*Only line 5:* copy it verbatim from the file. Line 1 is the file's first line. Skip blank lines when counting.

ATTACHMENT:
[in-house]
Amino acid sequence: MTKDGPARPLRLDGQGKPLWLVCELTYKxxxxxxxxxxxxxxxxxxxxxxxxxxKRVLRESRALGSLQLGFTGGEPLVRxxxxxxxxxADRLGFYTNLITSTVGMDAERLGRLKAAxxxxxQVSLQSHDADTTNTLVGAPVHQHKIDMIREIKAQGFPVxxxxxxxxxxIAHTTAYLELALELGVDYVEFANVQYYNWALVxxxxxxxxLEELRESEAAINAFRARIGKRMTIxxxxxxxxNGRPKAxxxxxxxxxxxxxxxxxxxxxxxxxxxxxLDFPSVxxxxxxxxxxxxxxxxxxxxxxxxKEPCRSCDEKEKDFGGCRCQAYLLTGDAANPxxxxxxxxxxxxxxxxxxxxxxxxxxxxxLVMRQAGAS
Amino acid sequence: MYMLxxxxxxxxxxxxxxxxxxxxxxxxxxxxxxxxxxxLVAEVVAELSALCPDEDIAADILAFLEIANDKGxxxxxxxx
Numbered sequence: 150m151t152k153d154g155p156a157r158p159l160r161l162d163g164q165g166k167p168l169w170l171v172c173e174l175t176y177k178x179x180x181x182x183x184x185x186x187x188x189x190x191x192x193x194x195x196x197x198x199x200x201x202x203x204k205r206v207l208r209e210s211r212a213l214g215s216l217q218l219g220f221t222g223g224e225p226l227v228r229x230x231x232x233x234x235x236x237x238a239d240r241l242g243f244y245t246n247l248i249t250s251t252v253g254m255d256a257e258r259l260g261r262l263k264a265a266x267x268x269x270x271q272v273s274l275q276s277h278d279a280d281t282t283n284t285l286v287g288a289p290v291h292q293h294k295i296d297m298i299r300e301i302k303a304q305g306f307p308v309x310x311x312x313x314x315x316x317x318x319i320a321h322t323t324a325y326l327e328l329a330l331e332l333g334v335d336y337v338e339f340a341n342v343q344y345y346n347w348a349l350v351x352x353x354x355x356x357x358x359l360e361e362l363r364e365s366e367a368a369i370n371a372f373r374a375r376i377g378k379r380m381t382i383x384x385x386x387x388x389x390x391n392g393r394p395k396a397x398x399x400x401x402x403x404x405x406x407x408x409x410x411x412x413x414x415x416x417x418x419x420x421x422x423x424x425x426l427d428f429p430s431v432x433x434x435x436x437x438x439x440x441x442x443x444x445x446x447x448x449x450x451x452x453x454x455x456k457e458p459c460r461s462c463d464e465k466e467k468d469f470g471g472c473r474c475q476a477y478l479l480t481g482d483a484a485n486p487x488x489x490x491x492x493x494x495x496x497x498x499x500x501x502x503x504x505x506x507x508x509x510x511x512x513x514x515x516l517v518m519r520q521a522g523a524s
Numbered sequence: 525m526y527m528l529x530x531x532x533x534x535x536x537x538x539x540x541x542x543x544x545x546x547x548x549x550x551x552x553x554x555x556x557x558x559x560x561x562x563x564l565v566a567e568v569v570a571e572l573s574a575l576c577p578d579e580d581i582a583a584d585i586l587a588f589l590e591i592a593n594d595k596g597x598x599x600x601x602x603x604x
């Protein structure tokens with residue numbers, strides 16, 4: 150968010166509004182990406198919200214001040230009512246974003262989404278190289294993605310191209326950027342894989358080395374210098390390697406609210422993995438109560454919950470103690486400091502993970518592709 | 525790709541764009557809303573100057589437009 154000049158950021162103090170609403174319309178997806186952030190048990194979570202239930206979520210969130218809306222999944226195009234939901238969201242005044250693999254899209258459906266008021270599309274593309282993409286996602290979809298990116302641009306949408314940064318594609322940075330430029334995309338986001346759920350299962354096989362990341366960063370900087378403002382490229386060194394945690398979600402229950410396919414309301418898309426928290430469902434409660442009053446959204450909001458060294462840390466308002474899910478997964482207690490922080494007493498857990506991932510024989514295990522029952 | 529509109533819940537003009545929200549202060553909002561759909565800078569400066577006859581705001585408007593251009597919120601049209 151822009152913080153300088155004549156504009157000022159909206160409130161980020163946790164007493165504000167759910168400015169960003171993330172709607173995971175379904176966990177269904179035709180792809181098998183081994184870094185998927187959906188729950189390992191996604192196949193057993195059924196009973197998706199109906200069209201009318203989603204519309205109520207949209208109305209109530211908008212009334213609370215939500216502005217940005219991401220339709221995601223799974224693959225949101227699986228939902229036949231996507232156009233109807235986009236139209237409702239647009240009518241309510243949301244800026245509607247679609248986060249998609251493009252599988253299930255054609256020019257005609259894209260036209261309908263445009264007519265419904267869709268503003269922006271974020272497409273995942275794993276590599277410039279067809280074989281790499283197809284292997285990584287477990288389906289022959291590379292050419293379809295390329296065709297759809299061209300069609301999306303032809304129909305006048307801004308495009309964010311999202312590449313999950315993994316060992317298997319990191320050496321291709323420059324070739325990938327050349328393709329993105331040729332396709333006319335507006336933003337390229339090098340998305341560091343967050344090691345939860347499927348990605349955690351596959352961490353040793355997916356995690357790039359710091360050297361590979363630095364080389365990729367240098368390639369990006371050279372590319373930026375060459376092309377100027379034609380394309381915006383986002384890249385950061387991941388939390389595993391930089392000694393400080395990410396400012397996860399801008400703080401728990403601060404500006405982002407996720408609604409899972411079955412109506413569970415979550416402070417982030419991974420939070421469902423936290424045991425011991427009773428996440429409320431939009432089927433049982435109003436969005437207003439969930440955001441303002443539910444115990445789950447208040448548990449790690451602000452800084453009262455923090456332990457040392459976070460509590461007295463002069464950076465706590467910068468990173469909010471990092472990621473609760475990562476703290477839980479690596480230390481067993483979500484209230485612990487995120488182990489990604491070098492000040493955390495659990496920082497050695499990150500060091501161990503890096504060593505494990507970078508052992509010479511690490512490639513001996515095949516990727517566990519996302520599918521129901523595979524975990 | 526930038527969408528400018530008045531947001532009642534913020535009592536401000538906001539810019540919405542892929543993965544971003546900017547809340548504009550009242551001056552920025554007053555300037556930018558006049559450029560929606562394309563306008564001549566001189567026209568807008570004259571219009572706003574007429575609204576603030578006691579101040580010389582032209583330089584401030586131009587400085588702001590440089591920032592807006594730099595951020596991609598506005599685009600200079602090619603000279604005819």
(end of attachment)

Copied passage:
Numbered sequence: 525m526y527m528l529x530x531x532x533x534x535x536x537x538x539x540x541x542x543x544x545x546x547x548x549x550x551x552x553x554x555x556x557x558x559x560x561x562x563x564l565v566a567e568v569v570a571e572l573s574a575l576c577p578d579e580d581i582a583a584d585i586l587a588f589l590e591i592a593n594d595k596g597x598x599x600x601x602x603x604x